“Hotels are using more technology to enable a higher level of service,” says Crestron’s director of hospitality, Michael Stegmann. “The modern hotel standard presents new challenges to manage and integrate it all.”

Crestron’s Hospitality solution is up to the challenge, monitoring and managing centralized AV sources and lighting controls for all areas of a hotel from a PC, Mac, iPhone, iPad, Android device and a local Crestron touch screen. As with Control4 systems, Crestron’s offers a number of ways to cut back on electricity consumption, from dimming systems to occupancy sensors and daylight harvesting. In-room amenities, including security, AV, and HVAC are standard. The environmentally minded Gateway Canyon Resort in Gateway, Colorado, for example, uses a Crestron system to control hotel-wide functions, including the Kiva Lodge, a 38-room hotel with fitness center, spa, café and pool area. The Crestron CP2E system controls AV and background music distribution throughout the lodge. Wall-mount touch screens and keypadsadorn the luxury space for walk-up, one-touch control.

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Posted by chantal Mon, 05 Mar 2012 17:10:00 GMT

CES 2012: Smart TVs Take Over at LG, Samsung, Sharp, Panasonic and Sony

Gesture control, smart search and social sharing are in store.

January 10, 2012 | by Grant Clauser

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While 3D still will play an important role in all the major TV makers’ 2012 plans, all of them also will be focusing strongly on smart TV features that go beyond just a screen full of apps for Netflix and Pandora.

At the opening “press day” at the Consumer Electronics Show, LG spoke a lot about the company’s new line of Google TVs. The new models will include the Google TV platform built into a CINEMA3D TV that uses LG’s FPR passive glasses technology. Also included will be a Magic Remote Qwerty—a remote that combines the features of LG’s Wii-like remote and a QWERTY keyboard to make use of social media and other web features easier. The system allows for multitasking, so users can tweet or browser the web while watching TV. LG’s Magic Remote also adds voice recognition this year to allow voice-controlled commands to access TV features.

Not all LG smart TVs will include Google TV. For the non-Google models, the company’s Netcast system will provide access to about 1,200 apps and include smart search functions to make it easier for users to search for content over a variety of apps at the same time.

Other CES news from LG included the expansion of the company’s FPR passive glasses CINEMA3D TV line, including a 4K 3D LED model, an 84-inch LED TV and a 55-inch OLED 3D TV that’s only 4mm thick.

Sony, one of the original product partners with Google TV, will also launch new products featuring that platform, including a line of TVs, a set-top-box and a connected Blu-ray player.

Sony also demonstrated a 4K Crystal LED TV that does not require any backlighting and two prototype glasses-free 3D TVs

Sharp’s biggest news was about their new largest screen size (an 80-inch LED 3D TV), but the company also has developed a new smart TV system called Smart Central. Smart Central combines the TVs content apps into a system that’s categorized into areas such as video, games, photos, social and more. Also included is Sharp’s Aquos Live feature that allows users to get help with their TVs live directly through the online connection. New feature called Beamzit lets you play content from wirelessly-connected PC—it sounds like a DLNA variation, which we’ll check on later at the show. Smart Central will be available on 60-inch and larger TVs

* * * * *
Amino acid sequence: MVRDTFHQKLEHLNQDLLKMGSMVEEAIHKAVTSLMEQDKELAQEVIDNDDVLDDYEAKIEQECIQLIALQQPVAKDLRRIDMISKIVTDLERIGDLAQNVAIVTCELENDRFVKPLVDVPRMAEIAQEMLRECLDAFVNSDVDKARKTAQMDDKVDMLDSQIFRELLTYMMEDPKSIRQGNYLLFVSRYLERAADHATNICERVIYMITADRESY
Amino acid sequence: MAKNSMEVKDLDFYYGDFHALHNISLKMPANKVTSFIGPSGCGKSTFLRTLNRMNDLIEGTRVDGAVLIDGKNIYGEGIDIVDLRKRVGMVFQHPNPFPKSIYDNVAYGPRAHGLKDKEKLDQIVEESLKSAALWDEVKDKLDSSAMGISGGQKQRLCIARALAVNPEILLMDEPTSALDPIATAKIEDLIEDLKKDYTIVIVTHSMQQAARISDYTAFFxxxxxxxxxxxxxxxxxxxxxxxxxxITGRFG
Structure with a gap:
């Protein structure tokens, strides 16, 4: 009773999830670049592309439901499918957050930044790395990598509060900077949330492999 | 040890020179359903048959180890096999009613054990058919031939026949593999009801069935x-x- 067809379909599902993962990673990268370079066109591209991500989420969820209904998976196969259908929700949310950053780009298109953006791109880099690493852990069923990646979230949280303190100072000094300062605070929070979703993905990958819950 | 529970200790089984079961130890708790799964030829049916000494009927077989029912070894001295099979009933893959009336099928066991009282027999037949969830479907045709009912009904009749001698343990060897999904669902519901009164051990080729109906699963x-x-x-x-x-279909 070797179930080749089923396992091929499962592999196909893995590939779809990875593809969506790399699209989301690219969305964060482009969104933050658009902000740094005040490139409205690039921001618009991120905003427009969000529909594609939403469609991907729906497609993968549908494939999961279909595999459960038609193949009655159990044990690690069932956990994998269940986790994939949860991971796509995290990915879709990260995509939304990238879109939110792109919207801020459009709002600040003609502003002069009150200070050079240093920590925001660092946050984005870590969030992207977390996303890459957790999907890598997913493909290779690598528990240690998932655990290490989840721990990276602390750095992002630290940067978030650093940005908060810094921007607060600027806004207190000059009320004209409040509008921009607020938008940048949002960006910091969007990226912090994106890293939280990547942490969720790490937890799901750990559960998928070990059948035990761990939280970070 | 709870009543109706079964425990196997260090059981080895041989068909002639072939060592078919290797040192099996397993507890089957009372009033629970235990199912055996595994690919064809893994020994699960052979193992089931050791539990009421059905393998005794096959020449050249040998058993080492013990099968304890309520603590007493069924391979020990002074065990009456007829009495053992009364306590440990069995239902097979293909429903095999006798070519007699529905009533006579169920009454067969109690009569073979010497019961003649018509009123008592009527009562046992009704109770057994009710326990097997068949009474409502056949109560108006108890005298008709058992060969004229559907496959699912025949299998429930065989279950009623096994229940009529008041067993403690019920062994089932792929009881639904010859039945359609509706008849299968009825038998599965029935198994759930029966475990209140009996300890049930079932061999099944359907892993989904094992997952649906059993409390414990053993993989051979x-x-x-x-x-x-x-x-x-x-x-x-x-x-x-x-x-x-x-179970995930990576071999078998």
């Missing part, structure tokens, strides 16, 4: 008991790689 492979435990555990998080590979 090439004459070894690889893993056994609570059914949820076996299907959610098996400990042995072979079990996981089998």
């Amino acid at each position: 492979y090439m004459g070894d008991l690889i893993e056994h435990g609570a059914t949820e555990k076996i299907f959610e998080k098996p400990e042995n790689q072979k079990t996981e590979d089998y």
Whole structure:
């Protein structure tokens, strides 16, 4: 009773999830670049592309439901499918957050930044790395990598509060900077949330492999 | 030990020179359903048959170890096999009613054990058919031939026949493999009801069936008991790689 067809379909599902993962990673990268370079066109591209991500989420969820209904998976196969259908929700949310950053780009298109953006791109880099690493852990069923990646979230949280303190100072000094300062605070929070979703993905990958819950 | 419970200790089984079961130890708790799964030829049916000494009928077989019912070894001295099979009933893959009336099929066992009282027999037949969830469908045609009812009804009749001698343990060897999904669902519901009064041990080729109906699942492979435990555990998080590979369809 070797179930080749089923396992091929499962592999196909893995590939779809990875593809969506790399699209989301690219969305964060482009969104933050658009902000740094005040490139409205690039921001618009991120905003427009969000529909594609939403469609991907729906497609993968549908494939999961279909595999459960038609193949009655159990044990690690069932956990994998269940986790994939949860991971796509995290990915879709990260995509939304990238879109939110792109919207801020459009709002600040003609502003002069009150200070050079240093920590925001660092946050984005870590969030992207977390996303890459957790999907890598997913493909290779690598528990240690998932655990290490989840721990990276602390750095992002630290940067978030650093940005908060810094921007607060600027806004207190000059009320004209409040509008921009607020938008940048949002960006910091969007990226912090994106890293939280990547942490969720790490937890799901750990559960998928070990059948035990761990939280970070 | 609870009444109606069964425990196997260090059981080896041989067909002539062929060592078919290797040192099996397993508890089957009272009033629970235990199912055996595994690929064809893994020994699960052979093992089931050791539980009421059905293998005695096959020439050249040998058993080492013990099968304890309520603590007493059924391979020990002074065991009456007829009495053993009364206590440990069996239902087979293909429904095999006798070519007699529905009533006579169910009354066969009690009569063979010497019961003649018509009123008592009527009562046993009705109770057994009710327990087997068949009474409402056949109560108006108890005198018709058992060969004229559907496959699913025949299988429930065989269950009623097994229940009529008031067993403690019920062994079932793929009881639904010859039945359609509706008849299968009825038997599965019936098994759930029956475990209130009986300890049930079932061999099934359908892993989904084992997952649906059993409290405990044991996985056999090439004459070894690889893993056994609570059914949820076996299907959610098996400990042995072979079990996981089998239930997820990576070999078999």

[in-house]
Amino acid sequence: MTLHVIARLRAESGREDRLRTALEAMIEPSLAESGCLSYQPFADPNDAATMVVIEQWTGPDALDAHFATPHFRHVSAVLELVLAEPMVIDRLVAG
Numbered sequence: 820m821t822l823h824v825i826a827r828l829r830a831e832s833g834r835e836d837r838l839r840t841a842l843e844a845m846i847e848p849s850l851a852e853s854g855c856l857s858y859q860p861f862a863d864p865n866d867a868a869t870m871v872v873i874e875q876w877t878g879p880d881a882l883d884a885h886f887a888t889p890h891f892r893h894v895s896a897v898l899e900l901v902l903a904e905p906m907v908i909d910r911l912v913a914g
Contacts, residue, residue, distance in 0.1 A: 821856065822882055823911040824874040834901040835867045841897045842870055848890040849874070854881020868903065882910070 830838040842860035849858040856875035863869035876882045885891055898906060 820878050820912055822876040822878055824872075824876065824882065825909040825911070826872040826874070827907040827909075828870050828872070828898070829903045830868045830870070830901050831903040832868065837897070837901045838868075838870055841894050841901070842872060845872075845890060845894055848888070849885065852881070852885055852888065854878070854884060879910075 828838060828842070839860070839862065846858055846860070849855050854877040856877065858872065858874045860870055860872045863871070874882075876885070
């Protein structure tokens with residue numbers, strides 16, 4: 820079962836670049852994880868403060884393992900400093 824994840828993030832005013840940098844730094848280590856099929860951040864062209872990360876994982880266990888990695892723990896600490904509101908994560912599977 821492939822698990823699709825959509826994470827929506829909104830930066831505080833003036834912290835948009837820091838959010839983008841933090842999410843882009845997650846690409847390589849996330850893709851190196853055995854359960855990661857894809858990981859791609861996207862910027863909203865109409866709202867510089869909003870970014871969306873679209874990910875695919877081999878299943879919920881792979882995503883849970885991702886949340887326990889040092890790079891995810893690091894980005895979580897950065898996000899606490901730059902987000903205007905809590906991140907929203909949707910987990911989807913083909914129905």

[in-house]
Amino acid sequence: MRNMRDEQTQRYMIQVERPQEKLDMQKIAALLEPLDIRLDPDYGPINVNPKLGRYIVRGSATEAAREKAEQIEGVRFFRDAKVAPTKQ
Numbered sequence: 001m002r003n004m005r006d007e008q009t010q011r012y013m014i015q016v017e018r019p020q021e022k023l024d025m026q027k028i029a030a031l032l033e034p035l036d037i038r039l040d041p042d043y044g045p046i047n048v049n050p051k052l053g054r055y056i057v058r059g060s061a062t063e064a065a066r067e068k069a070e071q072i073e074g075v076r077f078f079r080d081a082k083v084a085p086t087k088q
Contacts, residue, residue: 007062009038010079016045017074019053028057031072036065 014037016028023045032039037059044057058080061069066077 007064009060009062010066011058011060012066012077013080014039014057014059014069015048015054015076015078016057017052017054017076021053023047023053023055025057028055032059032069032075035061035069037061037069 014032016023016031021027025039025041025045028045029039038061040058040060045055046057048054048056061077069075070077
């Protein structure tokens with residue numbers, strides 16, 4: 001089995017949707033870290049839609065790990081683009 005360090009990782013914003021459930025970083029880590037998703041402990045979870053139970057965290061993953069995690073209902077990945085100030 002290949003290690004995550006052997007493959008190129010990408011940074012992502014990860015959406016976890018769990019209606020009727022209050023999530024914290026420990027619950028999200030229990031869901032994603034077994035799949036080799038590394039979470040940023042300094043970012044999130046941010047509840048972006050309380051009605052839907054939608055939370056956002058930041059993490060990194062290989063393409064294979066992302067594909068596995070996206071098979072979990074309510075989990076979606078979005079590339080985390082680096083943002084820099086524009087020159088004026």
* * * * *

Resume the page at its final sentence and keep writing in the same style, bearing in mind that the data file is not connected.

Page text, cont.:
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Posted by chantal Fri, 13 Jan 2012 17:31:00 GMT

Readers' Choice Awards 2011: Gaming Consoles, Blu-ray Players, DVRs and Streaming Media Devices

By Ben Gottesman October 31, 2011

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Apple doesn’t make Blu-ray players, but if it did, we have a feeling that OPPO Digital would still beat it in customer satisfaction. The small Silicon Valley-based manufacturer of Blu-ray disc players earns a Readers’ Choice award, having received the highest satisfaction scores of any company in all of our satisfaction surveys this year. Respondents rated overall satisfaction at 9.5 on a scale of 0 (worst) to 10 (best). That was actually the lowest of its major ratings: Overall reliability was a 9.7 and likelihood to recommend was 9.6. For comparison, the highest rated products in 2011 to date were Apple’s desktops and notebooks which rated 9.2 for overall satisfaction.

OPPO currently only has two products on the market, the $499 BDP-93 and the $999 BDP-95. In addition to being designed to meet the demands of audiophiles and videophiles, both provide access to a diverse selection of content including Blu-ray discs and Blu-ray 3D, as well as a variety of streaming sources, including Netflix, Blockbuster, VUDU, YouTube, Pandora, and more.

Not everyone is prepared to spend that much on a Blu-ray player. That’s why we also award a Readers’ Choice to Sony for its Blu-ray players. Sony, the company that first developed Blu-ray technology, makes an extensive line of players. Some are available for under $100 and many more list under $200. Respondents rated Sony’s overall satisfaction at 8.4 and reliability was an 8.8—both strong scores, but paltry compared to OPPO. In addition, Sony’s technical support was rated best among the Blu-ray manufacturers who had enough units needing support to be included in our evaluation, though at only a 6.6 on a scale of 0 to 10, there’s still plenty of room for improvement.